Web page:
The Supreme court opposes a bill which would make it the supervisory body, also responsible for disciplinary actions, over the Prosecutor's Office.
The bill, tabled by the opposition Conservative People's Party of Estonia (EKRE) earlier this month would, the Supreme Court says, cause a large number of legal and constitutional problems and would upset the balance and separation of powers.
In an opinion sent to the Ministry of Justice, the court wrote that: "Imposing on the Supreme Court the right and obligation to exercise both official supervision and disciplinary supervision over the activities of the Prosecutor's Office would be in conflict with the organizational structure of Estonia and would make the Prosecutor's Office directly dependent on the judiciary in its activities."
"Linking the prosecution to the judiciary, as proposed in the draft, would also jeopardize the independence of the prosecution, which is necessary for the prosecution to perform its tasks in a democratic state governed by the rule of law," the Supreme Court went on.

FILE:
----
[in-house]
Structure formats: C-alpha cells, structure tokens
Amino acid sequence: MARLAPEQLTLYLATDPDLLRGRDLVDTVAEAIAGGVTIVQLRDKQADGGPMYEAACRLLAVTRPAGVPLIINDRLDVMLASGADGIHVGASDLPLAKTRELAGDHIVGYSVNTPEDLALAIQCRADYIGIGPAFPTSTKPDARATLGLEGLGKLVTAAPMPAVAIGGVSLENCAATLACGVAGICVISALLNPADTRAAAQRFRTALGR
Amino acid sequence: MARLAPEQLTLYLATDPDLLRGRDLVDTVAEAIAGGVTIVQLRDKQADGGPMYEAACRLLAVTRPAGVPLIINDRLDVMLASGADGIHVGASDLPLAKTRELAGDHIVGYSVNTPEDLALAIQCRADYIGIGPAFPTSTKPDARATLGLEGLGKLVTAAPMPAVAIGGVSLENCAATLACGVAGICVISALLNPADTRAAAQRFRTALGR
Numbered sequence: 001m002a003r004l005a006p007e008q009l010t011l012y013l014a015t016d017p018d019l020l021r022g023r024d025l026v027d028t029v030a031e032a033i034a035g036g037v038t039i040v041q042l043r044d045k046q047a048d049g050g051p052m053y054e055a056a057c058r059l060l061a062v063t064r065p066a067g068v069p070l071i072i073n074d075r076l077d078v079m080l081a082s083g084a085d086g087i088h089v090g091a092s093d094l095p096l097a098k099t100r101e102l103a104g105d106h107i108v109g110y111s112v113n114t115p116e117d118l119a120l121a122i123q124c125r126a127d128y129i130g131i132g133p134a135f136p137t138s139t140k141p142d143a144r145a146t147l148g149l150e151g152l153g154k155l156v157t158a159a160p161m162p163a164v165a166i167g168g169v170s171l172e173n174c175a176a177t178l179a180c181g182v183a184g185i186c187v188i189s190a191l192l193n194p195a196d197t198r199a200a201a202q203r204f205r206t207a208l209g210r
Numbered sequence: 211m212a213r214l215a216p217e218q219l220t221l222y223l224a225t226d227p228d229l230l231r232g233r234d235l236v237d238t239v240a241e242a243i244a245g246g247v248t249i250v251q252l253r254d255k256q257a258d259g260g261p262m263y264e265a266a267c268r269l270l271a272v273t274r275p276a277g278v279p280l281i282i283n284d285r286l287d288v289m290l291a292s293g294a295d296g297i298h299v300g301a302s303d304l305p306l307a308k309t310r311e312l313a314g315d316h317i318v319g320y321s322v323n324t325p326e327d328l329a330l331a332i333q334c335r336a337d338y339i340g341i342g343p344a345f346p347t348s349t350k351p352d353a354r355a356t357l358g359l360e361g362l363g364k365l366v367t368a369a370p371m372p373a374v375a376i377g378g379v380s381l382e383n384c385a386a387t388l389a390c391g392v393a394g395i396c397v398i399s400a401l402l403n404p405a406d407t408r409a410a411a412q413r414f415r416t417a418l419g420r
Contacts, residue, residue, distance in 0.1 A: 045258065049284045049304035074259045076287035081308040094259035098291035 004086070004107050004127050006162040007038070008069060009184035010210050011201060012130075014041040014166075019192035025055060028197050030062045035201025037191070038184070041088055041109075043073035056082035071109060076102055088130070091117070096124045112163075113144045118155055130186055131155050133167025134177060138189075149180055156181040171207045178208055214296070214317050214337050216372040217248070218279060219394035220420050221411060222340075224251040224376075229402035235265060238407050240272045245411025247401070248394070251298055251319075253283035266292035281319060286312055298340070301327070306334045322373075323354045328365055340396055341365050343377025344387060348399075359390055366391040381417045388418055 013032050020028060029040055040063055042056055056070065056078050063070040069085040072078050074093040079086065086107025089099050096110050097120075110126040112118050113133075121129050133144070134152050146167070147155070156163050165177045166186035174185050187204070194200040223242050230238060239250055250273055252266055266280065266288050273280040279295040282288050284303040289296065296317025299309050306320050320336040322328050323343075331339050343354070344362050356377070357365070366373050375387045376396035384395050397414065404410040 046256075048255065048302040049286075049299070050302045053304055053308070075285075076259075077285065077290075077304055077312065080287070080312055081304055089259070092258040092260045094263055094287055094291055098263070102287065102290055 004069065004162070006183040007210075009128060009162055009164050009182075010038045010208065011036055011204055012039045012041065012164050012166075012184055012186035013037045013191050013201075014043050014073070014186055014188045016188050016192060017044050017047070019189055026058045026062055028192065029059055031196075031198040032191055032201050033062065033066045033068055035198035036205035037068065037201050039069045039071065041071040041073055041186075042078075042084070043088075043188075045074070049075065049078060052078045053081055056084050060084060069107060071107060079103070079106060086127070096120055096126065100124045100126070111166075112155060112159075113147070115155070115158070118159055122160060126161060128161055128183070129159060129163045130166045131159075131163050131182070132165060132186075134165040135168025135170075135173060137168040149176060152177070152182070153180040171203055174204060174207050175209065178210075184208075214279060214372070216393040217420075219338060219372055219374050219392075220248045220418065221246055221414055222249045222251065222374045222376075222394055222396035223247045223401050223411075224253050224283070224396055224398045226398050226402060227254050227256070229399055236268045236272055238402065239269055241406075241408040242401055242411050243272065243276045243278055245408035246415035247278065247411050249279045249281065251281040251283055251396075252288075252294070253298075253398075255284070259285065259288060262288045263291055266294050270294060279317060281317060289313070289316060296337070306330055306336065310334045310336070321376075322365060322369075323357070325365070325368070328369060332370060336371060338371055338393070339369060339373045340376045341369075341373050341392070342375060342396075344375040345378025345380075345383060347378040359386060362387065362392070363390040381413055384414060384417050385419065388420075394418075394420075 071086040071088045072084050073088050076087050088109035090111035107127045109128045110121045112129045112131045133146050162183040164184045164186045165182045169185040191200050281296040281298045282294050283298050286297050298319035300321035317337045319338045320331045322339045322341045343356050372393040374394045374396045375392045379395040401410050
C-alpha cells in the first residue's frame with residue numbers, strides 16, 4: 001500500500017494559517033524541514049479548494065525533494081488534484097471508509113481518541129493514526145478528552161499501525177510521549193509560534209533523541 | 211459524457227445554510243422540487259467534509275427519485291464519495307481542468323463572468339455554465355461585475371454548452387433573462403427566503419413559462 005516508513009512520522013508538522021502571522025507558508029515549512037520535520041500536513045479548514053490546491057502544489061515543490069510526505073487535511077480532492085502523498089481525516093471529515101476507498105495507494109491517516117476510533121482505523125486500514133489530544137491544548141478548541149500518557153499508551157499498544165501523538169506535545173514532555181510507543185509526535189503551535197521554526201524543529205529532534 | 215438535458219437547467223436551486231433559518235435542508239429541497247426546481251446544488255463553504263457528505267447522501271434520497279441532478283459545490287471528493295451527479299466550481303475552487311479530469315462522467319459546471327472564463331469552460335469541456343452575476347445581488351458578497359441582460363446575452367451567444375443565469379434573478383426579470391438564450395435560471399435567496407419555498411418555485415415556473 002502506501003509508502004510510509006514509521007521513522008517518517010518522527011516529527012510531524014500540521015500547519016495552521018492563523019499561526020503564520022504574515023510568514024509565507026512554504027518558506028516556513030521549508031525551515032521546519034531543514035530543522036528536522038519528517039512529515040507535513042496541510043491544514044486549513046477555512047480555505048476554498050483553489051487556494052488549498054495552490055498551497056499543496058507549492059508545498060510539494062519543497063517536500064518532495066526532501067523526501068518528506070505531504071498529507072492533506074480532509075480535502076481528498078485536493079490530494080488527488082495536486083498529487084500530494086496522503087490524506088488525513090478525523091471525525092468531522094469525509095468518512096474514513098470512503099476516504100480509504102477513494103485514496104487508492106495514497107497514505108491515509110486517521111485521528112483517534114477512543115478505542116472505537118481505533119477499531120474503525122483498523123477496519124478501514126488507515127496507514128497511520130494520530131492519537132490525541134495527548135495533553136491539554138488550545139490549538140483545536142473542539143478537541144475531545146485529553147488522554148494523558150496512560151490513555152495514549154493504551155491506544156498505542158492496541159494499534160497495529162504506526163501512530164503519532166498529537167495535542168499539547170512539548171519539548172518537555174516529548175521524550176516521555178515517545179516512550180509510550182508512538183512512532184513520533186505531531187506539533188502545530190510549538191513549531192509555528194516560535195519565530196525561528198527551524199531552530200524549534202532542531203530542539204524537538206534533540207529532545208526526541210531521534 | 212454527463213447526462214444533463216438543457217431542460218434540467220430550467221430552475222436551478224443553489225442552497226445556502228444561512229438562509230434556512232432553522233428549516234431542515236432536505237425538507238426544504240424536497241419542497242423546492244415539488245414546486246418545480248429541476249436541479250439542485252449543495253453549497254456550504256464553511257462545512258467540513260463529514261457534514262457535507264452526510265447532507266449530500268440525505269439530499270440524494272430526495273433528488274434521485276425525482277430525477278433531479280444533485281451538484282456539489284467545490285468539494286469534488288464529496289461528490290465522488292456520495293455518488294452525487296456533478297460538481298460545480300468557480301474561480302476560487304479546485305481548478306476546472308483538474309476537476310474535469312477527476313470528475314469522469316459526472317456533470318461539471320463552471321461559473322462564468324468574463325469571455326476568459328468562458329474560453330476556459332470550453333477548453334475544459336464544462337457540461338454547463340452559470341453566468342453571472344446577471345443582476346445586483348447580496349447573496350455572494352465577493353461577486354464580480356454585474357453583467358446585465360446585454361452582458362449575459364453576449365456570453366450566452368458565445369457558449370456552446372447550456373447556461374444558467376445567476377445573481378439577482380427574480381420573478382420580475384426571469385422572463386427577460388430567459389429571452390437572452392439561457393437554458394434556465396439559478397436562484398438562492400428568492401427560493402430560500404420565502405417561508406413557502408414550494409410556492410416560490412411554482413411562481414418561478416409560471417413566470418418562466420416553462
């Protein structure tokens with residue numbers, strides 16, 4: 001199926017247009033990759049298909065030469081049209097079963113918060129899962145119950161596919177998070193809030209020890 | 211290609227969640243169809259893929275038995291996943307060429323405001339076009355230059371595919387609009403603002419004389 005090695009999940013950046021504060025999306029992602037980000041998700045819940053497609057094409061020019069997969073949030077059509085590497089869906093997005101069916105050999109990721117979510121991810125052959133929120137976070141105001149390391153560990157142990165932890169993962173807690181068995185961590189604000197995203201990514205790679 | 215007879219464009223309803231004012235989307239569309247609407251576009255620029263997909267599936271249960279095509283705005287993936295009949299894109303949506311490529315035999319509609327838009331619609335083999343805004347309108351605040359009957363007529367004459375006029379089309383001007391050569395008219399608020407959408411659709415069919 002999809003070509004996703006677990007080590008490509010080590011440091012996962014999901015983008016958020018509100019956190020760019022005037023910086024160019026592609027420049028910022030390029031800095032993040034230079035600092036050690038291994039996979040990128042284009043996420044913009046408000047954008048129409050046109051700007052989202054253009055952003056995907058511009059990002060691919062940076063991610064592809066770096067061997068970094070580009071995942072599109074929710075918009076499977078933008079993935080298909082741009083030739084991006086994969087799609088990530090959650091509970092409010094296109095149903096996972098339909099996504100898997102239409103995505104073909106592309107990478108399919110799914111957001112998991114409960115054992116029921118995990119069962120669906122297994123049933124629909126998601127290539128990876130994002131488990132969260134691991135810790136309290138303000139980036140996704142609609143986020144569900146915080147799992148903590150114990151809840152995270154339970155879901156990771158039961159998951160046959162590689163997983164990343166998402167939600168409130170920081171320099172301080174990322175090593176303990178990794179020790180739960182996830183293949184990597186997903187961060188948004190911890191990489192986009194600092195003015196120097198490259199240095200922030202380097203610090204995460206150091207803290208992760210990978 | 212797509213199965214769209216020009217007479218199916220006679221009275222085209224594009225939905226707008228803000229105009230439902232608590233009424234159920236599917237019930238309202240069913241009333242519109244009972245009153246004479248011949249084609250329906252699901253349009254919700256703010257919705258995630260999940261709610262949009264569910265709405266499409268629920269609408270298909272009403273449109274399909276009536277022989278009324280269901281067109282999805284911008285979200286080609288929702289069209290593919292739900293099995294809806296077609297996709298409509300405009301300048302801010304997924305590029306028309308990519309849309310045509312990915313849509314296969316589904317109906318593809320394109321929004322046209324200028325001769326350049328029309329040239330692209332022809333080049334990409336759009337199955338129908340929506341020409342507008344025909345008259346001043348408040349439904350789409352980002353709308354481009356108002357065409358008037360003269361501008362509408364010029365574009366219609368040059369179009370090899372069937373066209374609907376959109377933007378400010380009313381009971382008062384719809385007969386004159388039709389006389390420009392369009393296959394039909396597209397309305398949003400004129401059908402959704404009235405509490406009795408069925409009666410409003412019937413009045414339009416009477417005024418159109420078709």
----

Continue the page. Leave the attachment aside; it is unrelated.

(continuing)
The Supreme Court says that official supervision of state agencies or government agencies is performed to ensure their legality and expediency, making it is essentially a management tool by which higher bodies carry out their will in internal relations to ensure obedience to subordinate bodies.
Such a set-up would adversely affect the Prosecutor's Office, however, the court says, as well as the Supreme Court itself.
"Due to such an effect, the supervision of the service would give the executive power an opportunity to influence the substantive decisions of the prosecutor's office, including in individual cases (it could become a 'political tool '," the Supreme Court noted.
While the Prosecutor's Office is organizationally linked to the Ministry of Justice, it is functionally separate from it, in the interests of independence, while the ministry's supervision is minimal, the Prosecutor's Office itself says.
EKRE tabled a bill at the Riigikogu to amend the Prosecutor's Office Act and the Courts Act on June 6, whose explanatory memorandum states that it aims to exclude just such a situation where the prosecutor's office could be a tool in initiating political criminal proceedings.
A secondary goal was to make the office accountable in the sense that there have been virtually no cases where prosecutors themselves have been prosecuted for violating the law, EKRE says.
Editor: Andrew Whyte